At first when I saw this issue, I thought of community partnerships, in which students work with organizations outside of school. But I realized by reading the articles, that the activities and resources also apply to the communities of learners within our own classrooms and to projects that bring people together to learn.
The article Making Science Relevant describes how students can contribute to their communities by working together on water-monitoring programs. A quick search in SciLinks using keywords such as watershed or invertebrates brings up several related websites:
- I personally cringe when someone uses words such as wacky, crazy, yucky, or creepy when describing living things, but the Wonderful, Wacky Water Critters site is actually good, despite the name. It’s written more for younger students, but if you have secondary students who struggle with reading, this may be just right for them. Among the resources for students of any age is a nice poster of aquatic invertebrates and an online dichotomous key to help students identify and become more familiar with these indicator species.
- Many sites refer back to The Stream Study. This comprehensive resource from the Izaak Walton League can get you started on doing your own investigation of water quality. I wish I would have had this when I was doing stream studies with my students and at summer science camps. It would have saved me a lot of time making up data sheets and guides!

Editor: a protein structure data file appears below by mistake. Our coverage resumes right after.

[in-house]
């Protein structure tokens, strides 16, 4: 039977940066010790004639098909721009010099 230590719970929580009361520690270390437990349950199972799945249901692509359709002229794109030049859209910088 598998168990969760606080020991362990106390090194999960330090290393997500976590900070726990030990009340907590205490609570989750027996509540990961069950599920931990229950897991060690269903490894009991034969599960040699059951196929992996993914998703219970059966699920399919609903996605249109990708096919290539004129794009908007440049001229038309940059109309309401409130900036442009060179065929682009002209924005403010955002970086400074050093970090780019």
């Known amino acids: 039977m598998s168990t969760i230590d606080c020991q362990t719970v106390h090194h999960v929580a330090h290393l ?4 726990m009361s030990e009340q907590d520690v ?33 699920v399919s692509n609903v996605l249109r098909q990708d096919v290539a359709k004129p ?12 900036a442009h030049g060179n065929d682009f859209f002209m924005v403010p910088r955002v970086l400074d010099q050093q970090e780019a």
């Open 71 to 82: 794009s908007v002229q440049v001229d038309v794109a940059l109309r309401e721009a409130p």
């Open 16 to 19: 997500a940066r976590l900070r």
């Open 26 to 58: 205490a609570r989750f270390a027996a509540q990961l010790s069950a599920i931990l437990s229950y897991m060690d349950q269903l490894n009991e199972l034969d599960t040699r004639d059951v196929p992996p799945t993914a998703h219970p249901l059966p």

This article is followed by How Accurate are Student-Collected Data? Recreating this study with your own students could be a neat way to investigate the concepts of reliability and instrumentation. The SciLinks code mentioned in this article TST040802 has a variety of sites, ranging from examples of data sets, online calculators, and one of my favorites Create a Graph to help students organize and display their data.
TYPO ALERT! In the article Cougars and Community, the SciLinks code is incorrect! To get to sites related to “Tracking Animals by Satellite,” use the code TST040801 OK, so there are no lions in your neck of the woods, but the article outlines an action plan for combining student investigations with community action that could apply to a variety of situations.
A decade ago, I had a conversation with a school board member, who believed it was the job of the schools to prepare students for specific jobs. I mentioned that in the area of technology, we would somehow have to prepare students for jobs that didn’t exist yet. This issue’s “Career of the Month,” Graphic Infomation Systems (GIS) Specialist, is an example of such a career. What a fascinating way to combine geography, technology, and data analysis! To find more information on careers, go to SciLinks and use the keyword careers.